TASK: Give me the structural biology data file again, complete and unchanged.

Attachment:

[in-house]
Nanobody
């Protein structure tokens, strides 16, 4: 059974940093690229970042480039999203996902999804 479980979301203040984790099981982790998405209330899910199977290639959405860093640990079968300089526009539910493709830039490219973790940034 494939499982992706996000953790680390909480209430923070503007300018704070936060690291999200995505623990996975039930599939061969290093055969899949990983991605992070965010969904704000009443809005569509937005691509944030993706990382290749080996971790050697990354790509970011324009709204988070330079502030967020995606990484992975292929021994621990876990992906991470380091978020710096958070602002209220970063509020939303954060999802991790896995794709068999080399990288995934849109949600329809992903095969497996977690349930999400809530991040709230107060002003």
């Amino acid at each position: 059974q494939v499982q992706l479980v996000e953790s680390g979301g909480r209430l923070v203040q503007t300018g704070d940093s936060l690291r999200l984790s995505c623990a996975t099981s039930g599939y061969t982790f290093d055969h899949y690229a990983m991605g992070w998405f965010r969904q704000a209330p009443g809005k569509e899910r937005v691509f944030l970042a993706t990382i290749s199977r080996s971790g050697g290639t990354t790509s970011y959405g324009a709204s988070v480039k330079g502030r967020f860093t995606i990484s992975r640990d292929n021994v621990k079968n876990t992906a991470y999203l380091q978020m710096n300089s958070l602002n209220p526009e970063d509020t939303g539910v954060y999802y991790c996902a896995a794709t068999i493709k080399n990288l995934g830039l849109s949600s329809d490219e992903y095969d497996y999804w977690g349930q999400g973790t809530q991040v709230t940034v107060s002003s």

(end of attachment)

[in-house]
Nanobody
């Protein structure tokens, strides 16, 4: 059974940093690229970042480039999203996902999804 479980979301203040984790099981982790998405209330899910199977290639959405860093640990079968300089526009539910493709830039490219973790940034 494939499982992706996000953790680390909480209430923070503007300018704070936060690291999200995505623990996975039930599939061969290093055969899949990983991605992070965010969904704000009443809005569509937005691509944030993706990382290749080996971790050697990354790509970011324009709204988070330079502030967020995606990484992975292929021994621990876990992906991470380091978020710096958070602002209220970063509020939303954060999802991790896995794709068999080399990288995934849109949600329809992903095969497996977690349930999400809530991040709230107060002003």
């Amino acid at each position: 059974q494939v499982q992706l479980v996000e953790s680390g979301g909480r209430l923070v203040q503007t300018g704070d940093s936060l690291r999200l984790s995505c623990a996975t099981s039930g599939y061969t982790f290093d055969h899949y690229a990983m991605g992070w998405f965010r969904q704000a209330p009443g809005k569509e899910r937005v691509f944030l970042a993706t990382i290749s199977r080996s971790g050697g290639t990354t790509s970011y959405g324009a709204s988070v480039k330079g502030r967020f860093t995606i990484s992975r640990d292929n021994v621990k079968n876990t992906a991470y999203l380091q978020m710096n300089s958070l602002n209220p526009e970063d509020t939303g539910v954060y999802y991790c996902a896995a794709t068999i493709k080399n990288l995934g830039l849109s949600s329809d490219e992903y095969d497996y999804w977690g349930q999400g973790t809530q991040v709230t940034v107060s002003s």